Published Conference Proceedings

-Robert Mattes, “Voter Behaviour and Party Dominance in South Africa: Another View.”  In Challenges to Democracy by One Party Dominance: A Comparative Assessment, pp.  105-116.  A Konrad Adenauer Foundation Seminar Report, no. 17, October 2006.  Johannesburg: Konrad Adenauer Stiftung.  ISBN: 0-620-37570-1.

-Roger Southall and Robert Mattes, “Popular Attitudes Toward the South African Electoral System: A Report to the Electoral Task Team.”  In Electoral Models for South Africa: Reflections and Options, pp. 81-104.  A Konrad Adenauer Foundation Seminar Report, May 2003.  Johannesburg: Konrad Adenauer-Stiftung.

CNEP Publications

Data from the most previous rounds of the larger international Comparative National Elections Project which SANES joined in 2004 have been published in a number of places, the most notable being:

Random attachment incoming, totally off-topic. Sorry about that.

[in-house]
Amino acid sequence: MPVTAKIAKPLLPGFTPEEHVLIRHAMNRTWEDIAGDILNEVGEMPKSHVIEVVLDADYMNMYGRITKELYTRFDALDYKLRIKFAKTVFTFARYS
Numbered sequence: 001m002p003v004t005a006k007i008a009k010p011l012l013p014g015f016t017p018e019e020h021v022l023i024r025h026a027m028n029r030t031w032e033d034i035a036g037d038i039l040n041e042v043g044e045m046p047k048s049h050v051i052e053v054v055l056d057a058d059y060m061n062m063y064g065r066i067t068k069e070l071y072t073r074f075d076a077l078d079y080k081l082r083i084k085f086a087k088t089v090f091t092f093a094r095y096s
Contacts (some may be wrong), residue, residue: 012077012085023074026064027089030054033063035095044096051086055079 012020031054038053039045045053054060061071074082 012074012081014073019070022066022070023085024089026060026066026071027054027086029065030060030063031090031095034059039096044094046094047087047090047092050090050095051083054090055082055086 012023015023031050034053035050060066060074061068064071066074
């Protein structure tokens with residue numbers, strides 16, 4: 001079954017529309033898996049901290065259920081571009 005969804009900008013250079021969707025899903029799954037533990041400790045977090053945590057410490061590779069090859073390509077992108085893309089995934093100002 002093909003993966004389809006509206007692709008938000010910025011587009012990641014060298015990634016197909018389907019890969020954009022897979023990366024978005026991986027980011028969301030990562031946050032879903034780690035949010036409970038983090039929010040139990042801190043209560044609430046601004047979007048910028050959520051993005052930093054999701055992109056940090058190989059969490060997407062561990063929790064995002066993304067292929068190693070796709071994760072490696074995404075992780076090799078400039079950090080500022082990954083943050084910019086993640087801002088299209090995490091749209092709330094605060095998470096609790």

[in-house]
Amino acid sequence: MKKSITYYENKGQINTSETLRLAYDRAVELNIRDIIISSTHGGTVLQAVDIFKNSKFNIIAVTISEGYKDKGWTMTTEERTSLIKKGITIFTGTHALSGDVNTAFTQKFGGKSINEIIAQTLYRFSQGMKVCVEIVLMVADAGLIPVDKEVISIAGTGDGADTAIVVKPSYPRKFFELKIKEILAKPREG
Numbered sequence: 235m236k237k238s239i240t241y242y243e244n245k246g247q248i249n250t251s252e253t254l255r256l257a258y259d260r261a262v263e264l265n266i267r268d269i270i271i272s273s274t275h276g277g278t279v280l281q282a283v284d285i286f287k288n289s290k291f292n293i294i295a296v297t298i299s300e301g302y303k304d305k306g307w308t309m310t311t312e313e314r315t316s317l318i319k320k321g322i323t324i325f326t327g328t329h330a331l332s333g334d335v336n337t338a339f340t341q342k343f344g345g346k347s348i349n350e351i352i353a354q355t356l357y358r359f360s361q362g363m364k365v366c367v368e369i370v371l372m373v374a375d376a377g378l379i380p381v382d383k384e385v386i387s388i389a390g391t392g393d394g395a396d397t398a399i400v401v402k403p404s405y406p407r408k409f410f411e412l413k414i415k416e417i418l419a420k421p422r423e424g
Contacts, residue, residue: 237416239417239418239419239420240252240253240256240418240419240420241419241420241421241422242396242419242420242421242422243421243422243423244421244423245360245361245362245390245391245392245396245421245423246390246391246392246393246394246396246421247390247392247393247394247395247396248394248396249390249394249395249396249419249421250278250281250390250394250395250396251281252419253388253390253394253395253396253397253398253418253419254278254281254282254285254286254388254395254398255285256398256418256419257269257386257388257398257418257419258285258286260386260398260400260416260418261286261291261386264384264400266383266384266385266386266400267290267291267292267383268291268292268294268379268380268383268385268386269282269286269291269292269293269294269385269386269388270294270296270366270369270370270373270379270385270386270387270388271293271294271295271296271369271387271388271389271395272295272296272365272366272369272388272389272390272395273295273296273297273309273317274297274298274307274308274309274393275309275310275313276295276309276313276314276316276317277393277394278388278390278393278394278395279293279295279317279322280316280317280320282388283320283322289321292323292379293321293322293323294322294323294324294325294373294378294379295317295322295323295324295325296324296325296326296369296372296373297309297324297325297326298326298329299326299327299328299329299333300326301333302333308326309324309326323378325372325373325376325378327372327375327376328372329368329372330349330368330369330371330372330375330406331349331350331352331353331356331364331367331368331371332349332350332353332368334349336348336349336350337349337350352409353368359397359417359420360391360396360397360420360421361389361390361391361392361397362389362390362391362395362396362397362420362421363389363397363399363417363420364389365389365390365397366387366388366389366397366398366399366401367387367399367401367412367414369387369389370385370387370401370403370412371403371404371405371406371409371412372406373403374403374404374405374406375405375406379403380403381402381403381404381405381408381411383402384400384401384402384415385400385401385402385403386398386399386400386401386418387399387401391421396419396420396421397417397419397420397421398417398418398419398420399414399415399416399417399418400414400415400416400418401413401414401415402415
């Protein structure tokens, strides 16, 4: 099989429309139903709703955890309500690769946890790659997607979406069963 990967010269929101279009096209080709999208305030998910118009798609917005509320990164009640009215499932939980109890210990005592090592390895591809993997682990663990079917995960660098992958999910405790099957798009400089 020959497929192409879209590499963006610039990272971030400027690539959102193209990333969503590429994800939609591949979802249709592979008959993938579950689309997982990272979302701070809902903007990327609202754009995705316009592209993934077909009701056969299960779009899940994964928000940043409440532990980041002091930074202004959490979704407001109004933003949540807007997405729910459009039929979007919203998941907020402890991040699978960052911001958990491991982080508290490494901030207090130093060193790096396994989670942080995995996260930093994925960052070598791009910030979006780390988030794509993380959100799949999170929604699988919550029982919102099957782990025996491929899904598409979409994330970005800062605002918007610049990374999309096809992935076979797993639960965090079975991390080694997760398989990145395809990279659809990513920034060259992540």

-Richard Gunther, José Ramón Montero, and Hans-Jürgen Puhle, eds., Democracy, Intermediation, and Voting on Four Continents (Oxford: Oxford University Press, 2007).  Earlier versions of the chapters published in this book were presented at a CNEP workshop held at UCT in 2004 for which the UCT URC gave provided partial funding.

Graduate Student Research

Three recently graduated PhD students have based their dissertations largely or wholly on SANES / CNEP data:

- Collette Schulz-Herzenberg.  2009.  A Silent Revolution? Partisanship in South Africa, 1994-2006.  Ph.D in Political Studies, University of Cape Town.

- Cherrel Africa.  2008. The Impact of the 2004 Election Campaign on the Quality of Democracy in South AfricaPh.D in Political Studies, University of Cape Town.

- Joao Pereira.  2008. Partisan Identification in Africa: An Exploratory Study in Mozambique.  PhD in Political Studies, University of Cape Town.

Planned Publications

Two edited volumes are currently being planned.